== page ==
We have to wake up to wills before it's too late

I feel a lot of sympathy for Christine Gill in her courtroom battle for the estate of her deceased parents, which began last week. After caring for her mother and father for many years, she could reasonably have expected better than to find they had left their estimated £2.3m estate to the RSPCA, which incidentally is just about the UK's wealthiest charity. Understandably Christine feels aggrieved and is trying to get the will overturned. But as with any challenge to a legal will, she faces a huge battle, not least because the RSPCA will be lawyered up to the eyeballs.

Christine's case is an extreme one but there are probably thousands of will-related heartaches that go unreported each year. Some are by design, others by cock-up.

Problems can arise in all sorts of ways such as having an old will where the legacies are out of date, or a badly written will where it's not clear who gets what. One of the worst situations I've heard of was when someone bought one of those DIY will kits and filled it out. Sadly, they didn't understand the law and got the chief beneficiary to act as a witness. Automatically, that person was barred from the inheritance.

Nearly as bad as a poorly drawn-up will is no will at all. Die without one and the intestacy law kicks in – and the rules governing that date from some bygone era that only ever existed in Enid Blyton books. Spouses get the bulk of the estate (although when there are kids and the estate is large, far from all of it) but unmarried partners are entitled to zilch. Intestacy laws are a crude and unreliable backstop to making a will.

Despite all this, some two-thirds of us don't have a will. So why's that? Of course a good many people are simply too busy or lazy, while others can't bear to think about the grim reaper. And a fair proportion, I guess, are put off by the horrendous legal jargon that wills are couched in.

No justice at the Rock

Northern Rock's deal with Lloyds TSB to, in effect, transfer a large amount of its better-quality mortgage business should come into force any day now. Those borrowers escaping the Rock in the next few weeks can breathe a sigh of relief, particularly as the nationalised bank is basically persuading customers to leave it with a crude imposition of higher-than-normal interest rates. Perhaps Lloyds should bundle an "I survived Northern Rock" T-shirt into its welcome pack.

However, as I've written before in this column, many of those borrowers who remain are probably ruing the day they ever took on a Rock mortgage. Take the reader who wrote to me when the Lloyds tie-up was first announced. He bought one of the Rock's infamous "Together" mortgages, borrowing more than 100 per cent of the value of the property in the process, and is now facing the twin misery of paying an interest rate that's over the odds and being stuck in negative equity. Crucially, the reader can't move mortgage provider because no other company wants to risk such an enormous loan-to-value.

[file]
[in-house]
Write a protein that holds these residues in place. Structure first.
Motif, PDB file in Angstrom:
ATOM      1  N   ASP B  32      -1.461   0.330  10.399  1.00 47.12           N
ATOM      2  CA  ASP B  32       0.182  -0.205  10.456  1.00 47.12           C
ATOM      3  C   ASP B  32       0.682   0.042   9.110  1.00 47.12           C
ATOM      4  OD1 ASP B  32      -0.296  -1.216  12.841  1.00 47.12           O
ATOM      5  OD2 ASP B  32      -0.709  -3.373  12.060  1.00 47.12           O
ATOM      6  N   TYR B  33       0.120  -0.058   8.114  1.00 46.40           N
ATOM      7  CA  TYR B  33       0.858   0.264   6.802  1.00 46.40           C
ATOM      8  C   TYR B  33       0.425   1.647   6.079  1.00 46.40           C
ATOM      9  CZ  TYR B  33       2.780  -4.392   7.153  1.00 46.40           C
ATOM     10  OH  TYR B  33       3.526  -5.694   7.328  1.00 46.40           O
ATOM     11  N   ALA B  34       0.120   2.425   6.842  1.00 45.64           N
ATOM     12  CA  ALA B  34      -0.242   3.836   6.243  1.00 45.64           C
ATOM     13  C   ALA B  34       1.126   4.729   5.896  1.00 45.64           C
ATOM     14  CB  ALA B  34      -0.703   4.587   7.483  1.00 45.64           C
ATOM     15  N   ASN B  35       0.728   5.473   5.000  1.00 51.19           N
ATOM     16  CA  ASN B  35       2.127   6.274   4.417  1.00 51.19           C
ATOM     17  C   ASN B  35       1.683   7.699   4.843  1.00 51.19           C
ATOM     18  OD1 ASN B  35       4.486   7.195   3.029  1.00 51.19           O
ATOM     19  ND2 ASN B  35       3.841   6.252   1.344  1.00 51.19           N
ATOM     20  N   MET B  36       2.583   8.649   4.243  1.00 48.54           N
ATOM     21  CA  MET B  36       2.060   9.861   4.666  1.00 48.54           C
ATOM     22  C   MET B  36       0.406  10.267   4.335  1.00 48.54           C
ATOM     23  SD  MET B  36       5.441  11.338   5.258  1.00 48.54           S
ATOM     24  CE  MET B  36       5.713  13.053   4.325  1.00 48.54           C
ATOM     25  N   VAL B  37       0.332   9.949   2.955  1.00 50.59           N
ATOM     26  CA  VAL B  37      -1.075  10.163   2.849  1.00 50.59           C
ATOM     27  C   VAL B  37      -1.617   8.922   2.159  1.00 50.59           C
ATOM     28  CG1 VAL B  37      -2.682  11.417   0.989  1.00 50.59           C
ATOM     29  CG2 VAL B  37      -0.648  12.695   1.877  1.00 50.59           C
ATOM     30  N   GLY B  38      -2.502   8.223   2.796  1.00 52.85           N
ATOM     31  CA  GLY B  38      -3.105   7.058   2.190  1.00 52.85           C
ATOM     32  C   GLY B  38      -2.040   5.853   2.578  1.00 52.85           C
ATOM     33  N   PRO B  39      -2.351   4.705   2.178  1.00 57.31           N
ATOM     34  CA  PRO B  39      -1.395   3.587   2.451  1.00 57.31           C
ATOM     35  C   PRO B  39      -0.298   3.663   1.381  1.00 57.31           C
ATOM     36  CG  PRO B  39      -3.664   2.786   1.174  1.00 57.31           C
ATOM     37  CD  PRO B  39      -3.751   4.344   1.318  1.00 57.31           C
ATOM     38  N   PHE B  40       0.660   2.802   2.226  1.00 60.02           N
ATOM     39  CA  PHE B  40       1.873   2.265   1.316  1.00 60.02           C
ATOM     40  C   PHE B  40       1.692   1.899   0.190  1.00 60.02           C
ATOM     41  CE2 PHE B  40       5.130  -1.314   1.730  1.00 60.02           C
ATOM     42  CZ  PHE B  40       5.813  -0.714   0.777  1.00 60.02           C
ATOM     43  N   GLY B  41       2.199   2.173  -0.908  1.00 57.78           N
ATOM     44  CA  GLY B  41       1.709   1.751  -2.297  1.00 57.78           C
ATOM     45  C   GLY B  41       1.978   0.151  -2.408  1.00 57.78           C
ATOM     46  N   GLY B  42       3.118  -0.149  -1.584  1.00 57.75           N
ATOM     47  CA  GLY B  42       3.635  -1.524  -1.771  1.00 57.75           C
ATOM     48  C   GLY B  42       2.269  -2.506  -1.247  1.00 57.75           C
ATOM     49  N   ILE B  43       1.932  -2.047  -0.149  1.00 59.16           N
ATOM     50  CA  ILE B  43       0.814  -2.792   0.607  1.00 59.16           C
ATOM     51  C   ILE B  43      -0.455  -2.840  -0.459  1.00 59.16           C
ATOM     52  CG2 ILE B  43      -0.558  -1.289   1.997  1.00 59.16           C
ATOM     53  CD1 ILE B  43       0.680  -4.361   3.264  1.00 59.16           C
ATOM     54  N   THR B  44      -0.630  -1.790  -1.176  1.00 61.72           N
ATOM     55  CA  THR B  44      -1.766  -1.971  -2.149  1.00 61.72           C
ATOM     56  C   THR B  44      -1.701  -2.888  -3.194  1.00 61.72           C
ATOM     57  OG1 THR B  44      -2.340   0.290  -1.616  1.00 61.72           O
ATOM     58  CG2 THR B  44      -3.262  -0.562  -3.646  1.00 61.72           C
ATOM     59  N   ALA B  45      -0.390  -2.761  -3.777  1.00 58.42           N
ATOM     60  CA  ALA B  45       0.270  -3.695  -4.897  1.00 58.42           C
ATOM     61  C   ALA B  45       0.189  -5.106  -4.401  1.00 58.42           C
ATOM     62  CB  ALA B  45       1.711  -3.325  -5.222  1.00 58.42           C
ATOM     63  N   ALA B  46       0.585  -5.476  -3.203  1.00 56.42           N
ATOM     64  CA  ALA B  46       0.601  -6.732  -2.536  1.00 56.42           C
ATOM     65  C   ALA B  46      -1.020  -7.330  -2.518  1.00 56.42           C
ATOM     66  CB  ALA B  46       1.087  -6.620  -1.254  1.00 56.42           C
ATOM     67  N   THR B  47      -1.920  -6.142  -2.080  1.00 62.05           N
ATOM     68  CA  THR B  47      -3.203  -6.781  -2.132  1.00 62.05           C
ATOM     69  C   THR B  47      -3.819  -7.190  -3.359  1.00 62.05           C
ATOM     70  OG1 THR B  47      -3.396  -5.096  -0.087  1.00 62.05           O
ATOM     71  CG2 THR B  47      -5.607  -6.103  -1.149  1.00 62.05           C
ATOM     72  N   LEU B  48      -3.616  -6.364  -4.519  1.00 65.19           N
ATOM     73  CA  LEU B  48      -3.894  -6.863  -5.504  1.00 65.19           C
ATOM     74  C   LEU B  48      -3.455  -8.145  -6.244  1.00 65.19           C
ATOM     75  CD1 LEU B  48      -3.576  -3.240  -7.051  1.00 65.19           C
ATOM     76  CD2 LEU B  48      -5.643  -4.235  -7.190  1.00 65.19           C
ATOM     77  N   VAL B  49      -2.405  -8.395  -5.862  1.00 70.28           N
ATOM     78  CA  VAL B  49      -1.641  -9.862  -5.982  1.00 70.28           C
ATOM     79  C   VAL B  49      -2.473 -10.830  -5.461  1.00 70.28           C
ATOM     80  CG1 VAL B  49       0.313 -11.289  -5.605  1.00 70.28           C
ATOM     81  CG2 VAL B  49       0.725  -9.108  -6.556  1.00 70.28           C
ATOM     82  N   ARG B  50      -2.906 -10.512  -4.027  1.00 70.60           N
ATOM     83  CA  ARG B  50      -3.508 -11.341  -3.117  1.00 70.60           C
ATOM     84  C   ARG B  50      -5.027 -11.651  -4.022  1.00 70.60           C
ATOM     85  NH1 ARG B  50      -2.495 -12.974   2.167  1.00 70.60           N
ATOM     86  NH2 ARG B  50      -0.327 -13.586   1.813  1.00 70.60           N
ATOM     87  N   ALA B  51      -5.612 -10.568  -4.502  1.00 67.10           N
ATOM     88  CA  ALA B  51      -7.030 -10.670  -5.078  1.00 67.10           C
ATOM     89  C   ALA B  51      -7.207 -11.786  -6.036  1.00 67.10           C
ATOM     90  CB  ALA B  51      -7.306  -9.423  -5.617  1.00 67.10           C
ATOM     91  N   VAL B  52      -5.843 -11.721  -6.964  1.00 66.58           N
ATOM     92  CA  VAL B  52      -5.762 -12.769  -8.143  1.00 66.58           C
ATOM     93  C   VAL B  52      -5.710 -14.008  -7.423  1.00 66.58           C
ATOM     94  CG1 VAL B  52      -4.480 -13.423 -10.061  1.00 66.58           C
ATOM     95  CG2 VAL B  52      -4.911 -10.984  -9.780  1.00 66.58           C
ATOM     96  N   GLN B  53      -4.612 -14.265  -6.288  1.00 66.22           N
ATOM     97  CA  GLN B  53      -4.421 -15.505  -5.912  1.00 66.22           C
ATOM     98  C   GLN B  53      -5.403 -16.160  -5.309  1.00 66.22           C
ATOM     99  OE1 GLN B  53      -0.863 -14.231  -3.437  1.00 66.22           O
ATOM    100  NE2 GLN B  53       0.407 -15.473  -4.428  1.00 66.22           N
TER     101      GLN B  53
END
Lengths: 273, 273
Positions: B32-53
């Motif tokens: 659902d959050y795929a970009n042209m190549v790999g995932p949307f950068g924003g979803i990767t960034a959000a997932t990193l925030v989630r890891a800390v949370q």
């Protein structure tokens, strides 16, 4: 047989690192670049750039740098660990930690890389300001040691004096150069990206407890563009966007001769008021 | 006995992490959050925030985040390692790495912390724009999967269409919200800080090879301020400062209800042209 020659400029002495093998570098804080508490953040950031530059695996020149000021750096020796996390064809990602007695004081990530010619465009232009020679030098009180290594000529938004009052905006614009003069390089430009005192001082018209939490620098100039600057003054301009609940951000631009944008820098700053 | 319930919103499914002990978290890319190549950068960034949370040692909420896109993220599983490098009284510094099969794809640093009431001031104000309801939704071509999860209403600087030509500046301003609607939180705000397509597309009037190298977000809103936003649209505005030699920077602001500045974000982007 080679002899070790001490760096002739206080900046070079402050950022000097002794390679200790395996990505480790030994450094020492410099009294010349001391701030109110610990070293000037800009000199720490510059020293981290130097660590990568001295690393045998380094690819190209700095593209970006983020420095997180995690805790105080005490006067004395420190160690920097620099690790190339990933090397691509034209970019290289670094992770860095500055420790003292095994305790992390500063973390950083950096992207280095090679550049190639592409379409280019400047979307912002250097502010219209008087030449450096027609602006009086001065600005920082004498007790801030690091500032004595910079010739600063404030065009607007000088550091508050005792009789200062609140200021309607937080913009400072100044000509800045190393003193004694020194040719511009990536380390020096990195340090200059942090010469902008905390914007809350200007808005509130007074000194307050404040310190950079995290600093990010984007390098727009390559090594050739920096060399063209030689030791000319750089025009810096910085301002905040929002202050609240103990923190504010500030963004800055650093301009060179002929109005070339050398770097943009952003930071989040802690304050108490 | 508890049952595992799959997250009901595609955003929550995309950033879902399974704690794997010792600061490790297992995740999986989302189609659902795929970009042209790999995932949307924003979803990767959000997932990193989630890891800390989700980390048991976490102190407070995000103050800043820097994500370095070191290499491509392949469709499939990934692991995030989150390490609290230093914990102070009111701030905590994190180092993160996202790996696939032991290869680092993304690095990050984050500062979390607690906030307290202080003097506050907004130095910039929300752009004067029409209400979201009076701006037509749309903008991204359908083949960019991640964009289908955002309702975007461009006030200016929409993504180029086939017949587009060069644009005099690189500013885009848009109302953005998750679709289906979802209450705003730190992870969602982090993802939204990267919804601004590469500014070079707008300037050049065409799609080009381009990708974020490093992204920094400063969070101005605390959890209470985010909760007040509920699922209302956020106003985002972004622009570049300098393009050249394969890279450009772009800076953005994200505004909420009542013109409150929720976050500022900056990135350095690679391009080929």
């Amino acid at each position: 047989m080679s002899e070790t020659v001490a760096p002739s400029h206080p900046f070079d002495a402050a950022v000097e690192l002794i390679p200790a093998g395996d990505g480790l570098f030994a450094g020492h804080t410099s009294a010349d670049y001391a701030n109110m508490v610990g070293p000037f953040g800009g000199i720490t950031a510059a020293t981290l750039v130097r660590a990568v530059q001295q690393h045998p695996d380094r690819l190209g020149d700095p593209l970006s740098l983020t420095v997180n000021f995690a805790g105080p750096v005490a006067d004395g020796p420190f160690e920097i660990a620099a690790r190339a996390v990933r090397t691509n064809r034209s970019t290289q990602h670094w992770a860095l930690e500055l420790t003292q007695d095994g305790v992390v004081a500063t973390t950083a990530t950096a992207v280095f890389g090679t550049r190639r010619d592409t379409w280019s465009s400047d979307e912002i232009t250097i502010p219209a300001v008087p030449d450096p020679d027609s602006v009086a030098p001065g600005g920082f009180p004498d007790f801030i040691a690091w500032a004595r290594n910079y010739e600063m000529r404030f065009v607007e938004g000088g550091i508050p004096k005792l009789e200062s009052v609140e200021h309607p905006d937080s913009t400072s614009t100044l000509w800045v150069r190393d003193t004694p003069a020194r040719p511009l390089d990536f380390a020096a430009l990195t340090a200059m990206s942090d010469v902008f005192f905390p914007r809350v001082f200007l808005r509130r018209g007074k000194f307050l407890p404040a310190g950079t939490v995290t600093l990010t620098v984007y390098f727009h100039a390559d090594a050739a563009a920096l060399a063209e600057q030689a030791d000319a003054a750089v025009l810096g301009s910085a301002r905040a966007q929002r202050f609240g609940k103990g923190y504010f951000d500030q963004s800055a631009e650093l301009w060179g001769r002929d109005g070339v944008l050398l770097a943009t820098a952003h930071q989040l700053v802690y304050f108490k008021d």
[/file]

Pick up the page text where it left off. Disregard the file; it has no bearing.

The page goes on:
Again I ask: aren't the actions of the Rock – expressly the higher-than-normal rates they are levying on customers – in direct contravention of the much-vaunted instruction from the Financial Services Authority that all banks and insurers should treat their customers fairly?

Plainly this bank's borrowers aren't being treated fairly – and all so that Rock chief Ron Sandler can pull off the financial Red Adair act he was appointed by the Government to perform.

Independent Partners; Do you need financial advice on your investments, pension or insurance? Book a free consultation with an independent Financial Adviser at VouchedFor.co.uk

Suggested Topics
News
Howard Marks has been diagnosed with inoperable cancer, he has announced
people
Arts and Entertainment
Benedict Cumberbatch has spoken about the lack of opportunities for black British actors in the UK
film
Voices
Winston Churchill, then prime minister, outside No 10 in June 1943
voicesA C Benson called him 'a horrid little fellow', George Orwell would have shot him, but what a giant he seems now, says DJ Taylor
News
Rowan Atkinson at the wheel of his McLaren F1 GTR sports car
people
PROMOTED VIDEO
Finacial products from our partners
Property search
Latest stories from i100
Have you tried new the Independent Digital Edition apps?
Independent Dating